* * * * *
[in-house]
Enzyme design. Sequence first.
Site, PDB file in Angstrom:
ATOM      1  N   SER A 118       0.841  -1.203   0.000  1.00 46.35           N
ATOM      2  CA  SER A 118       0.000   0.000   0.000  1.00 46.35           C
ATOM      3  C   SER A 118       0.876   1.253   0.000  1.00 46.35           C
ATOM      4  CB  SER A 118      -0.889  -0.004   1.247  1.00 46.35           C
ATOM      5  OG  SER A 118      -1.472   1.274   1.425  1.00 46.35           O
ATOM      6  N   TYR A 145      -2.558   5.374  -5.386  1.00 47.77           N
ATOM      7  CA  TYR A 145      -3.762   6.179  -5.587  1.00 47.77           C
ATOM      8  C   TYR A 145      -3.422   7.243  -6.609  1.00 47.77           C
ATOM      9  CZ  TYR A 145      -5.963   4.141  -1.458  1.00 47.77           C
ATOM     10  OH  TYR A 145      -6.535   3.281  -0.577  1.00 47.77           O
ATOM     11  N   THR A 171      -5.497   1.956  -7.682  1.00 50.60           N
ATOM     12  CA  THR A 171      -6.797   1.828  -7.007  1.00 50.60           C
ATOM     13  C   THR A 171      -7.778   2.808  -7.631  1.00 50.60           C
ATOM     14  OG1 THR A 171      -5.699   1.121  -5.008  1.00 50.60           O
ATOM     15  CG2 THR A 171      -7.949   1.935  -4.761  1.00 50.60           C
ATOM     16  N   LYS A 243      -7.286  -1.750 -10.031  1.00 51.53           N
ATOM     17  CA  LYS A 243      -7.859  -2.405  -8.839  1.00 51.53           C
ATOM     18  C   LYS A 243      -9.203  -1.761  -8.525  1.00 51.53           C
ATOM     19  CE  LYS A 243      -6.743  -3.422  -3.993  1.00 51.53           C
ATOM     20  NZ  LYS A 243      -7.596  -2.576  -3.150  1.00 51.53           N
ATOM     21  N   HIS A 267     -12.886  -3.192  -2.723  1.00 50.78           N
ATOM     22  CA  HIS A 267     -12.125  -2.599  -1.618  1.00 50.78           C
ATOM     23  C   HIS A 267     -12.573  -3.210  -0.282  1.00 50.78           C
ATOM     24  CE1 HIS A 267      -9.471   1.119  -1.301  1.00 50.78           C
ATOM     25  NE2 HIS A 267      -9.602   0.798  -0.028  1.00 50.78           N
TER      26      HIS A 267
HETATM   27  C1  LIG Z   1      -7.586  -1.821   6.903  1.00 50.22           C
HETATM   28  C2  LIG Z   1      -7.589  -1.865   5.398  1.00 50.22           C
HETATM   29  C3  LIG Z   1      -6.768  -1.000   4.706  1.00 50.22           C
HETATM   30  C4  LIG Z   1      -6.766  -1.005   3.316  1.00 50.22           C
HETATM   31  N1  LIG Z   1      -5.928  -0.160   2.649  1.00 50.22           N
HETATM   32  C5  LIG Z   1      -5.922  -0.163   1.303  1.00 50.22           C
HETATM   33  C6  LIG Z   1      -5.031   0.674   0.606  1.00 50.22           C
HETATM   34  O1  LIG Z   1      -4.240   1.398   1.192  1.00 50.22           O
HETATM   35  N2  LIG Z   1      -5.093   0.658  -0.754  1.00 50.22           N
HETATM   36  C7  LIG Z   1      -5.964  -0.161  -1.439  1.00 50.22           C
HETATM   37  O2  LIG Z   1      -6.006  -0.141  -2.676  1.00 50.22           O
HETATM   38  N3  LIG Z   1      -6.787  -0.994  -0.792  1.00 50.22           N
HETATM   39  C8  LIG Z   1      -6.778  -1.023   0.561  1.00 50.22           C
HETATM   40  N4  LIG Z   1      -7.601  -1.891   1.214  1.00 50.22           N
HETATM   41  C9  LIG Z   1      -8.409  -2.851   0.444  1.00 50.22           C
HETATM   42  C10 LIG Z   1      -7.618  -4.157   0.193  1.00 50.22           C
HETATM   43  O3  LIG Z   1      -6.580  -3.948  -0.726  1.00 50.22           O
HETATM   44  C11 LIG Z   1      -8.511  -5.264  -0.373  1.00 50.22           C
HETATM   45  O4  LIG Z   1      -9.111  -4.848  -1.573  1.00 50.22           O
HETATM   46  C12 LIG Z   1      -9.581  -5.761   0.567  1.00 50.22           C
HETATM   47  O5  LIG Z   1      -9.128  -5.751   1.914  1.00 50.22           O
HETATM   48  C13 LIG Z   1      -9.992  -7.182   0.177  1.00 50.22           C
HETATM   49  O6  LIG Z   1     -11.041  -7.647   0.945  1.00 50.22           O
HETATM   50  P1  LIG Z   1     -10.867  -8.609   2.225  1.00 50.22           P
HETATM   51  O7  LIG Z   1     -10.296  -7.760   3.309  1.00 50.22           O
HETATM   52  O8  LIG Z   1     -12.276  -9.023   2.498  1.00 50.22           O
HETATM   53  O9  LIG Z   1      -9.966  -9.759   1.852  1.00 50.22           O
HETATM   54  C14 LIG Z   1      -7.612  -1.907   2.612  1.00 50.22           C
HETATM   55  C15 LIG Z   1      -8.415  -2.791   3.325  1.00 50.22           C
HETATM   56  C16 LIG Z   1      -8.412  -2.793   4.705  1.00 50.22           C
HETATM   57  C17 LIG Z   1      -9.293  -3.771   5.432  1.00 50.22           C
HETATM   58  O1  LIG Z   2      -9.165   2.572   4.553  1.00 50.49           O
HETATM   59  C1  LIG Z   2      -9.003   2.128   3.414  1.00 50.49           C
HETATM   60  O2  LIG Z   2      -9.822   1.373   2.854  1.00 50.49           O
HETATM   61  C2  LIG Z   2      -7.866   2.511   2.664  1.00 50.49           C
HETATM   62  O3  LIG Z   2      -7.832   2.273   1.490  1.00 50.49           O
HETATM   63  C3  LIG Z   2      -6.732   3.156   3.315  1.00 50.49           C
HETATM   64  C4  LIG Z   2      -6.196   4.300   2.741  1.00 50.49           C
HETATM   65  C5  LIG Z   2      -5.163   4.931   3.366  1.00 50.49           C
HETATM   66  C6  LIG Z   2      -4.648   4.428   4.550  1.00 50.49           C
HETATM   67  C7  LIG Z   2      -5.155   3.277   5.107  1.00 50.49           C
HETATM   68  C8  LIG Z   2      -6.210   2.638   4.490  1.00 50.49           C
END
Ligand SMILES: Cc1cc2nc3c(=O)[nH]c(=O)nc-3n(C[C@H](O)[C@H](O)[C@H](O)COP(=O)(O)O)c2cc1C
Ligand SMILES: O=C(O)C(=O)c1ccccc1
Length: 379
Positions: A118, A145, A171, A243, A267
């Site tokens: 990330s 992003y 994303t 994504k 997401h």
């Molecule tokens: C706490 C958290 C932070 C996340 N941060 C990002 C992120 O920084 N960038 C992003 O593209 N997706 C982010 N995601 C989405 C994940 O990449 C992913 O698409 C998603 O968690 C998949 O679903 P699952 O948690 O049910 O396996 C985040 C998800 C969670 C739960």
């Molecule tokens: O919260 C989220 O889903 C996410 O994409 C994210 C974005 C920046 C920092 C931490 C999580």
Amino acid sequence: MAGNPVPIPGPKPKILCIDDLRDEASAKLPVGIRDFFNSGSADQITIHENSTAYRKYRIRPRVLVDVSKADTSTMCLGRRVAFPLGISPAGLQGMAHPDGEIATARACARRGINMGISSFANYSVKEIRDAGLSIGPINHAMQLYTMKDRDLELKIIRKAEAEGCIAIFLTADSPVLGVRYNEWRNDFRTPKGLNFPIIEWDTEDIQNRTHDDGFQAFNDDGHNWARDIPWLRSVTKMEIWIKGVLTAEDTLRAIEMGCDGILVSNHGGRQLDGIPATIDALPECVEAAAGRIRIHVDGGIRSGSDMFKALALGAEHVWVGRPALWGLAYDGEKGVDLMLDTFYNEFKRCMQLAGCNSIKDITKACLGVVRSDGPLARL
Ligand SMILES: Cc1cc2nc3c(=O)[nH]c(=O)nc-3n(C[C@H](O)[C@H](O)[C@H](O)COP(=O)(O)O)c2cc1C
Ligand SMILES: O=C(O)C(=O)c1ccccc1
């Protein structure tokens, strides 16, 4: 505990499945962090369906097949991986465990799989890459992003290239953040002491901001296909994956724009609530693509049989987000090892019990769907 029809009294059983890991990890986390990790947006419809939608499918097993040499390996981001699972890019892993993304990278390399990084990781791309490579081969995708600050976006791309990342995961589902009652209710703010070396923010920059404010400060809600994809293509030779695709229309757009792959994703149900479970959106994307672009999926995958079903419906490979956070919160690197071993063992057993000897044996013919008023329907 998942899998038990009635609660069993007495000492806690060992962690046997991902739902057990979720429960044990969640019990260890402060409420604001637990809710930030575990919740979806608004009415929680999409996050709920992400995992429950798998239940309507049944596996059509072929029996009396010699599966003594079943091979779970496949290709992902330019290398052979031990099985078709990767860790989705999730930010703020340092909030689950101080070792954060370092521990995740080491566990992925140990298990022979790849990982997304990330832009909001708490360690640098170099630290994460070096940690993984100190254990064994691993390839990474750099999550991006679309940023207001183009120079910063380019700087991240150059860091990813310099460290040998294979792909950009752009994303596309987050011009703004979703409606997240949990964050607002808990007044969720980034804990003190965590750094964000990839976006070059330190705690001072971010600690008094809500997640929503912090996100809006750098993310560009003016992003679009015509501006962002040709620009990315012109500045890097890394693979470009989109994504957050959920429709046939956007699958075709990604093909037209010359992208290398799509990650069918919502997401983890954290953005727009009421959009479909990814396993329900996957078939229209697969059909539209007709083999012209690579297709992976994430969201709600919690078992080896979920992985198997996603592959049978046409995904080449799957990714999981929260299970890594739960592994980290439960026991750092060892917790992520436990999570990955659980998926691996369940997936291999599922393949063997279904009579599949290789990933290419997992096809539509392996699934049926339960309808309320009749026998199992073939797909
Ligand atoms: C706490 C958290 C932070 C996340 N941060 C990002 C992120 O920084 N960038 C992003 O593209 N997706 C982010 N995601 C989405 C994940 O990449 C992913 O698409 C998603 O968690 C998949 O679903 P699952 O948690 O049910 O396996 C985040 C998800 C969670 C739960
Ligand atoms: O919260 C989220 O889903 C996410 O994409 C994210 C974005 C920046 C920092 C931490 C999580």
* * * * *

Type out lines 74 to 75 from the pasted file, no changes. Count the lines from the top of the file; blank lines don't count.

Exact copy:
Ligand SMILES: O=C(O)C(=O)c1ccccc1
Length: 379